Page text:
Population Ethics addresses the question: how should utilitarians deal with people coming in and out of existence?
For example, a classical problem in population ethics: is it overall better for a happy person to exist, if they bring down the average happiness but increase the total? Those who would answer “yes” are termed total (hedonic) utilitarians; those who would answer “no” are termed average (hedonic) utilitarians.
Note that utility is not comparable, so we cannot simply speak of “increasing average utility” vs “increasing total utility”. Hence, average utilitarianism vs total utilitarianism is not a well-defined distinction in the abstract; we have to specify e.g. hedonic utilitarianism before this distinction becomes well-defined (because average vs total happiness is a meaningful distinction).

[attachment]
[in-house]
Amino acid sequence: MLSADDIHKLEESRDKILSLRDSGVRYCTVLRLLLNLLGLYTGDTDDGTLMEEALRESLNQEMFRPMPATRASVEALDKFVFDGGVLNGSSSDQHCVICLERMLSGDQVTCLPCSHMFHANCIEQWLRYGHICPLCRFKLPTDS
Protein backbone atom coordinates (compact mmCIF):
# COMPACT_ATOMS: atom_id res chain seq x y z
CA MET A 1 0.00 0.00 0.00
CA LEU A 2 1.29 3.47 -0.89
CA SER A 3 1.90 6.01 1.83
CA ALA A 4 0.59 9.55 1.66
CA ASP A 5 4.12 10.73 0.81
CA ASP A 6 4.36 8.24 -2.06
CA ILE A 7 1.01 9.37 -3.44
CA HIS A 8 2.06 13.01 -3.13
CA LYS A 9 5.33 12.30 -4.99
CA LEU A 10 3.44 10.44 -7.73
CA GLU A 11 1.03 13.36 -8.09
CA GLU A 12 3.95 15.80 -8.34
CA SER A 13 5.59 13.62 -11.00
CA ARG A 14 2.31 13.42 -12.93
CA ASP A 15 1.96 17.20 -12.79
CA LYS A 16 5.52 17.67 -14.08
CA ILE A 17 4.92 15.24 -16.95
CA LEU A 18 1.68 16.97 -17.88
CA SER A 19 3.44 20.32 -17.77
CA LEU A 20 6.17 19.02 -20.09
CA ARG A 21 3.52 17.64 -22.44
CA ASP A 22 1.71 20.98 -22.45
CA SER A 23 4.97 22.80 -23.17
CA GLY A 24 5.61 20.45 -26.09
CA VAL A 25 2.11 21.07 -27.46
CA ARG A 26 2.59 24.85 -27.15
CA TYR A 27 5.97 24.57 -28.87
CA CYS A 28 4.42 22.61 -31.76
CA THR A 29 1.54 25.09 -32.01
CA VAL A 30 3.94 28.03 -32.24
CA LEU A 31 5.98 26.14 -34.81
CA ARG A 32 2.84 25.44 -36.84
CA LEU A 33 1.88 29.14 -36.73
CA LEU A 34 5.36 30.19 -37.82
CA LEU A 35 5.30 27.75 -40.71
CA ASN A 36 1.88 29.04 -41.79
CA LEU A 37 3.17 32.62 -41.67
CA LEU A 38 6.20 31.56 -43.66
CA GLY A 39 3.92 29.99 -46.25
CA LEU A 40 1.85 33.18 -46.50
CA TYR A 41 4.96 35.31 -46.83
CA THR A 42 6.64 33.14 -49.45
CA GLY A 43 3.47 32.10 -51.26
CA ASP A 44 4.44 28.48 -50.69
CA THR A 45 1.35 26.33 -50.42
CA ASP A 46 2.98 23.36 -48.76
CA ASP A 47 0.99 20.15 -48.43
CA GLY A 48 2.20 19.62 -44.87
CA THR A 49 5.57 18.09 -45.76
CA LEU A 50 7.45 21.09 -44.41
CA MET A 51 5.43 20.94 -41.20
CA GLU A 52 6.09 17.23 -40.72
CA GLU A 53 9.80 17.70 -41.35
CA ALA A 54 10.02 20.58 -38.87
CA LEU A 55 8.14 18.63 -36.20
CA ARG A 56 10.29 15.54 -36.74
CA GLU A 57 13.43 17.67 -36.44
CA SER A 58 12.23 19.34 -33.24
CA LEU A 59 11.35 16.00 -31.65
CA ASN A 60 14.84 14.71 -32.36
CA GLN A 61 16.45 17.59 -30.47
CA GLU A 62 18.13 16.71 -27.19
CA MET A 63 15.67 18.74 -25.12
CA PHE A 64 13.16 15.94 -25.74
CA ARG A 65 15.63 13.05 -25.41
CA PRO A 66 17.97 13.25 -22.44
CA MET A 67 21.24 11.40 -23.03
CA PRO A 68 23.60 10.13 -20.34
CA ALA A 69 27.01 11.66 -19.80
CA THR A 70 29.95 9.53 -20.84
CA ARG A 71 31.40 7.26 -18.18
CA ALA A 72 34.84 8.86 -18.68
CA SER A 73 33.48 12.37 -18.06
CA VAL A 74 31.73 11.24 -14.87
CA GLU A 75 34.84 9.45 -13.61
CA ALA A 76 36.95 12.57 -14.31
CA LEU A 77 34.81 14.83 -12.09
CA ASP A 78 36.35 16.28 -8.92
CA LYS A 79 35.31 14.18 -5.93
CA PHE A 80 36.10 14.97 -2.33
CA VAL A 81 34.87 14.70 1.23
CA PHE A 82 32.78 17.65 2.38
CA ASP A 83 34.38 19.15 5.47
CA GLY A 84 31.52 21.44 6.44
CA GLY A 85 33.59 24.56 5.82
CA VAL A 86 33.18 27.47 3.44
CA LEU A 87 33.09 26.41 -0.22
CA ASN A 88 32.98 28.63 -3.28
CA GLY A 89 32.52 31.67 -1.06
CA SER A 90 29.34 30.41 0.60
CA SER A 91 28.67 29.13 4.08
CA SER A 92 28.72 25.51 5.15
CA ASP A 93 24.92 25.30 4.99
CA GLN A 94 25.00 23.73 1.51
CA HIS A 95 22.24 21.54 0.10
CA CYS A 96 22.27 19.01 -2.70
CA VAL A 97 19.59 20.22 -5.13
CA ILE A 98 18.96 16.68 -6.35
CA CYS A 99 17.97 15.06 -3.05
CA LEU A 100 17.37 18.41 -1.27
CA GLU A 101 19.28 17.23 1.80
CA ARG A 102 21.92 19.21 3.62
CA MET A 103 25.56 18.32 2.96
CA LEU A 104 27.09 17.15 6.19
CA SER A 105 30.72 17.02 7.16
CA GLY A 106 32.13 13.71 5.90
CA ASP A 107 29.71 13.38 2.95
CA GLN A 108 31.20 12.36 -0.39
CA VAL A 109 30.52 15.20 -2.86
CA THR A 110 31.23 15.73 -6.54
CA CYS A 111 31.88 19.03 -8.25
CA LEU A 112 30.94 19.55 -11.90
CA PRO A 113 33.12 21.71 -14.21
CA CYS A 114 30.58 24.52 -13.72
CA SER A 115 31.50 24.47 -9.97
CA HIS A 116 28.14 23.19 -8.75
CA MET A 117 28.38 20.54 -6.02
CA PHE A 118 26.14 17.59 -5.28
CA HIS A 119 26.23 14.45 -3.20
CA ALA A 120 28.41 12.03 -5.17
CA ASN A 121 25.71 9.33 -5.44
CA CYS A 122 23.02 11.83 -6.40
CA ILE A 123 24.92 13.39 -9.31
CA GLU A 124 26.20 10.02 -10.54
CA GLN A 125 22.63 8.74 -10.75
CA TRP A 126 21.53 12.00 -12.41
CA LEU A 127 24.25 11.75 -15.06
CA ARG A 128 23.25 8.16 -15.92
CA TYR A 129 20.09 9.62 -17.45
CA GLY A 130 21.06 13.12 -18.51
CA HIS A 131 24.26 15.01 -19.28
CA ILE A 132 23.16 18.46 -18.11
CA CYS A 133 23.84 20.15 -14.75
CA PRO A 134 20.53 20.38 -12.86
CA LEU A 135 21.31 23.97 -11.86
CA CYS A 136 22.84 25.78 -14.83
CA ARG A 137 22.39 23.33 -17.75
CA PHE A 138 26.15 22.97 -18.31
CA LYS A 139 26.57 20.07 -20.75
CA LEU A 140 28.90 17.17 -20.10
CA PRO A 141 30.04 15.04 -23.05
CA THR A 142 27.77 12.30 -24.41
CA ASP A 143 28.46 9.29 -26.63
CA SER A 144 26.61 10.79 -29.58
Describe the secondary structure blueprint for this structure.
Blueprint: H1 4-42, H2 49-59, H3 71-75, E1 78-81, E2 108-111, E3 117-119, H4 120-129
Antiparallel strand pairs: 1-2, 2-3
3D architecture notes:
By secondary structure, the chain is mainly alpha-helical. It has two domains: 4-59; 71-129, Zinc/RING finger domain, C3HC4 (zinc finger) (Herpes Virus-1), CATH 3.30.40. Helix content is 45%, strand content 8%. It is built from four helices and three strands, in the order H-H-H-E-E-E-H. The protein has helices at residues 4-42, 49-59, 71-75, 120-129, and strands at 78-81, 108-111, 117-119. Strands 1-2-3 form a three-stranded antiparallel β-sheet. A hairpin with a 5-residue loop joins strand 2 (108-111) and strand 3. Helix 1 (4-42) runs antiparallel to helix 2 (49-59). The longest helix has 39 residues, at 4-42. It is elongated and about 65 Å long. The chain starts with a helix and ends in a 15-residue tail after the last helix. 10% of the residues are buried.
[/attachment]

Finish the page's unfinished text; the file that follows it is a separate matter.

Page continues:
However, although preference-utilitarians cannot necessarily make a meaningful distinction between averaging and totaling, they do not escape population-ethics dilemmas. It’s still a fair question: when is it overall preferable to bring someone into existence (or for someone to pass out of existence)? What can/should ethics say about this?